Vipp Studio NYC |

Grand opening

Vipp Studio NYC

TriBeCa, New York

While the world has been quiet, Vipp has made a lot of noise in Manhattan. After a year of renovation, a 3,800-square-foot TriBeCa loft in an 1883 historic building now unveils itself as Vipp’s stateside domicile. Sofie Egelund, 3rd generation Vipp-owner and her husband Frank Christensen welcome you inside the combined showroom and private home.

The residents

Meet Sofie and Frank

Seven years ago, Sofie and Franck Christensen Egelund crossed the Atlantic from Copenhagen to Manhattan. They brought with them the Vipp kitchen. The purpose of resettling was to tell Americans that Vipp had upscaled its product portfolio with an entire kitchen system. After 7 years of welcoming clients to their first TriBeCa outpost in Murray Street, the couple fell in love with a vast loft space on Lispenard Street. Upgrading to a 3,800 square-foot loft that could house the entire Vipp furniture collection, the couple took on the challenge to undertake the interior decoration themselves. Open only by appointment, Vipp Studio NYC presents a rare opportunity to experience Vipp’s trademark warm minimalism alongside the couple's Scandinavian art and furniture collection.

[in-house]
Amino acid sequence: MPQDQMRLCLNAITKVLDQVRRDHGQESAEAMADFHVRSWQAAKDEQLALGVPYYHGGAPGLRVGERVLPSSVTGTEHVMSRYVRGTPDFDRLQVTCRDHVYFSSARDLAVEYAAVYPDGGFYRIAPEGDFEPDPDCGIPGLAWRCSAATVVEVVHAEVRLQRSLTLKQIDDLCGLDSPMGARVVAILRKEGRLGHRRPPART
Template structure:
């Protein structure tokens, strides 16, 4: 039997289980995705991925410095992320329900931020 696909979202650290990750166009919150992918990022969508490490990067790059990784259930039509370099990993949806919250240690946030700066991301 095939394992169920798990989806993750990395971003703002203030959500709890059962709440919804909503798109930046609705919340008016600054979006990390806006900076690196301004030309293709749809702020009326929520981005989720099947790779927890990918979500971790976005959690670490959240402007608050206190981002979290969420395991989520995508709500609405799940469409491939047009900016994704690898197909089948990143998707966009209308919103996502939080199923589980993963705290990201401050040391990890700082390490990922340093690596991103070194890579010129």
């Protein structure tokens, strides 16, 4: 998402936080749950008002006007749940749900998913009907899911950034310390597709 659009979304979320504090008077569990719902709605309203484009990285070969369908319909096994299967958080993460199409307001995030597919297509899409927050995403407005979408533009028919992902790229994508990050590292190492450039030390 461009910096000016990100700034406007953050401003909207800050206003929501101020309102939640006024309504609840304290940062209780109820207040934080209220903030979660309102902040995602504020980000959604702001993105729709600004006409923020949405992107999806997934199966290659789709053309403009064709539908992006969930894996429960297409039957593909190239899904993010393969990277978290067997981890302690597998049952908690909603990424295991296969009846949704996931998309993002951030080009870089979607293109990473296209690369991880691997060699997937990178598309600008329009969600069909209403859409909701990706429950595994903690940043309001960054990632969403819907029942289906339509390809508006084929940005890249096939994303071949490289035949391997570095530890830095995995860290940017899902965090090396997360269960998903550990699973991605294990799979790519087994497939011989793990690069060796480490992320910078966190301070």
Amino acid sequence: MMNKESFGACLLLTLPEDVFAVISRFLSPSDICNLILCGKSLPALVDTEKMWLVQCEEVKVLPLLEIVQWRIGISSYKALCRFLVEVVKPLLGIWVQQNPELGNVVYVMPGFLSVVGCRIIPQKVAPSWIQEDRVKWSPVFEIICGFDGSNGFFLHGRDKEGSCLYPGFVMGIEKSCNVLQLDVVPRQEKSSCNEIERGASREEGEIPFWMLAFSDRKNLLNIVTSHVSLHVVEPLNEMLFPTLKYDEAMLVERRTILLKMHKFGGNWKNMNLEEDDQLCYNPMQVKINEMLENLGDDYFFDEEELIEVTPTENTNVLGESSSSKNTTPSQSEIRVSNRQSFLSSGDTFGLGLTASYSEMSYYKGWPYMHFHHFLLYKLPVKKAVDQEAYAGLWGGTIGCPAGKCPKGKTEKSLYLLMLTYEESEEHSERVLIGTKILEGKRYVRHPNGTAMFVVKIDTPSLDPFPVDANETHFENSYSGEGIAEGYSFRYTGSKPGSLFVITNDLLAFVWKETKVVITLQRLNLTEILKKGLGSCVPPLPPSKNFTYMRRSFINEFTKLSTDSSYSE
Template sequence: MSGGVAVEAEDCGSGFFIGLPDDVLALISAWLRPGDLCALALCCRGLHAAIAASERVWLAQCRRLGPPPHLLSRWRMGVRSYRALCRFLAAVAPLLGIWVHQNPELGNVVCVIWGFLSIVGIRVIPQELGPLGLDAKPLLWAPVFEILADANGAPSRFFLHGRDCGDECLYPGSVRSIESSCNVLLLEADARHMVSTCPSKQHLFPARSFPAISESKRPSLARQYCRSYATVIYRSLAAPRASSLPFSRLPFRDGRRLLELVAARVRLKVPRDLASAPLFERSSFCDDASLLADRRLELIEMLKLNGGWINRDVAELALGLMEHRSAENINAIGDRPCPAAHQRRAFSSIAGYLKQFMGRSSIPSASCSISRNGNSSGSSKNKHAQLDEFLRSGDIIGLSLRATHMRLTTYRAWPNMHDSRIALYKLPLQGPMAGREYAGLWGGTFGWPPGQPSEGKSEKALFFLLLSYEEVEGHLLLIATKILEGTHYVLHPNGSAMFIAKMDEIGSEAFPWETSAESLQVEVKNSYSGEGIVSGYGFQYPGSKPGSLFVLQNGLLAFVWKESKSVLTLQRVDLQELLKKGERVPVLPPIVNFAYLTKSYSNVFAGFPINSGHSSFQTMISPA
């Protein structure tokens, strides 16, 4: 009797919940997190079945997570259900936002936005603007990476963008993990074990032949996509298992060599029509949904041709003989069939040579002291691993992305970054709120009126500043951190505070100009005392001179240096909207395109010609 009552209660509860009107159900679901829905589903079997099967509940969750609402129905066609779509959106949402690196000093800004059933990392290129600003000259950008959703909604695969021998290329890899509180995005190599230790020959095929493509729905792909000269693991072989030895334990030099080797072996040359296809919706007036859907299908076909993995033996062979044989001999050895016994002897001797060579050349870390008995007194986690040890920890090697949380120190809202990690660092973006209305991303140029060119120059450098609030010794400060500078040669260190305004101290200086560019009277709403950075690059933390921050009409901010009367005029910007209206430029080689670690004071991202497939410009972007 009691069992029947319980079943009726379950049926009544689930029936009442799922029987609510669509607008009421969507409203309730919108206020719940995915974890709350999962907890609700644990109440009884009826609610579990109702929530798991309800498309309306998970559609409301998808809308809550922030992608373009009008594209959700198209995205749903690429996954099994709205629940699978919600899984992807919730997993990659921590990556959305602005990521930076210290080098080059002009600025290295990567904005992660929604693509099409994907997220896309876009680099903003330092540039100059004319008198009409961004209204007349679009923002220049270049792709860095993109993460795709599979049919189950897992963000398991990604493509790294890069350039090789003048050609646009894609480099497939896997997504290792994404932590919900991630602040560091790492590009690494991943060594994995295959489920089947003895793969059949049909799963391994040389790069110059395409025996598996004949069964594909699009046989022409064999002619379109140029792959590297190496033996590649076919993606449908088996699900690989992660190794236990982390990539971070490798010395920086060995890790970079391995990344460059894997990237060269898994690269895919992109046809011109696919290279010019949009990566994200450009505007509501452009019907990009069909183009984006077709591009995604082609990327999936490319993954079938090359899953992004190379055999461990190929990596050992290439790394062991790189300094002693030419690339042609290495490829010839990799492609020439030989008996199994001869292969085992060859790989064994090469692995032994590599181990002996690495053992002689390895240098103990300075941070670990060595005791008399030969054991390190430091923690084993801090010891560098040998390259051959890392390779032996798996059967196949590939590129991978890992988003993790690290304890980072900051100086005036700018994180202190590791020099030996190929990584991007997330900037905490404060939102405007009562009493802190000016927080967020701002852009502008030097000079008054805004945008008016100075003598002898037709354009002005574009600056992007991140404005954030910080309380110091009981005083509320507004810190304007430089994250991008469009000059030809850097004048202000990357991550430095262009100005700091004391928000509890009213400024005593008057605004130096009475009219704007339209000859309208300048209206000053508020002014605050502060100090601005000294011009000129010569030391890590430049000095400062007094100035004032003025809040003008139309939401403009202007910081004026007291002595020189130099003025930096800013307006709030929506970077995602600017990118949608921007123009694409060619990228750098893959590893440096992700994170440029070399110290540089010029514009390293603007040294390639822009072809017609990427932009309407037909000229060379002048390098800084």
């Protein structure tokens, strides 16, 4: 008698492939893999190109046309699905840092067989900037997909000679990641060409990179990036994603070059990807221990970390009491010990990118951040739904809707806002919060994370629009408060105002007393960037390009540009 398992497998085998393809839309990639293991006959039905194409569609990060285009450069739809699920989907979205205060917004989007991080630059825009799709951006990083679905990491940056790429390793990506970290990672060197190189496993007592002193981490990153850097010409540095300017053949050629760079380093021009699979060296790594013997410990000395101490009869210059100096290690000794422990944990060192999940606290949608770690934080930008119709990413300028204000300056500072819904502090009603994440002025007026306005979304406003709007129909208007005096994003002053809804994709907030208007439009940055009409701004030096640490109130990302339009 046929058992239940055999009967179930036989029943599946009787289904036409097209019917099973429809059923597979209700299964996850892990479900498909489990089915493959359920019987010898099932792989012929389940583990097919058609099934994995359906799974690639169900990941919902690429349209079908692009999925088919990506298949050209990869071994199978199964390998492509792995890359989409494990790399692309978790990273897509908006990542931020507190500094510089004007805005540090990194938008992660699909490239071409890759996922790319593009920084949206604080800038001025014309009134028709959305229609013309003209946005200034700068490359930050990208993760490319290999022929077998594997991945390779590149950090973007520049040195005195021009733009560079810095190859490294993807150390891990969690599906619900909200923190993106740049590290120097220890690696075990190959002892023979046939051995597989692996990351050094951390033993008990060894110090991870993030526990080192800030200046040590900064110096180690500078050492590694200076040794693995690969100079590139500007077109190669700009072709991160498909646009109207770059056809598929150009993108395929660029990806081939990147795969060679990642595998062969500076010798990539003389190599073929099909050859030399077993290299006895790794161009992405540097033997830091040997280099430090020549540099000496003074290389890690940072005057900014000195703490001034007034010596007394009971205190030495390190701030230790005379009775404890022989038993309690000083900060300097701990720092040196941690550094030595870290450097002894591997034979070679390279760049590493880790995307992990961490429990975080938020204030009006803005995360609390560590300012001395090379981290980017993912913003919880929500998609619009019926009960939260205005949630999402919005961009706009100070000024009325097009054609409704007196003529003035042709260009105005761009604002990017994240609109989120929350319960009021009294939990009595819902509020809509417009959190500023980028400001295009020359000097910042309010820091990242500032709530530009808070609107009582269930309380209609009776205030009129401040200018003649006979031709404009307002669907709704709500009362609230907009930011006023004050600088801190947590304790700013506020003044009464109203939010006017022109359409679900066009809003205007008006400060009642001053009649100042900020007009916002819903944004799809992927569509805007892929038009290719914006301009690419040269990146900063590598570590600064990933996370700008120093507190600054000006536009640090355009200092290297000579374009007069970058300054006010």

The Kitchen

The kitchen occupies the heart of the studio where 12-foot original ceilings, plank oak floors by Dinesen and plenty of light from repeated vitrines surround the Vipp steel kitchen. Consisting of an island module with bar seating accompanied by a backdrop of tall modules, the dark kitchen is contrasted by light grey walls covered in Farrow & Ball.


Custom storage system

The kitchen features wall-to-wall grey clay-colored extruded aluminum millwork by the Beirut-based Elie Chaker and a sui generis wine-glass storage system conceived in oak by Abillama and the Egelunds.


Downtown cooking

“The Vipp kitchen concept is developed as a finished tool based on everything we’ve learned about metalwork in over 80 years. Vipp was born out of a need for functional tools in the professional market. Just like my grandfather, Holger Nielsen, who crafted the bin for my grandmother’s hairdressing salon in 1939, we still consider ourselves as ‘tool builders’", explains Sofie Christensen Egelund.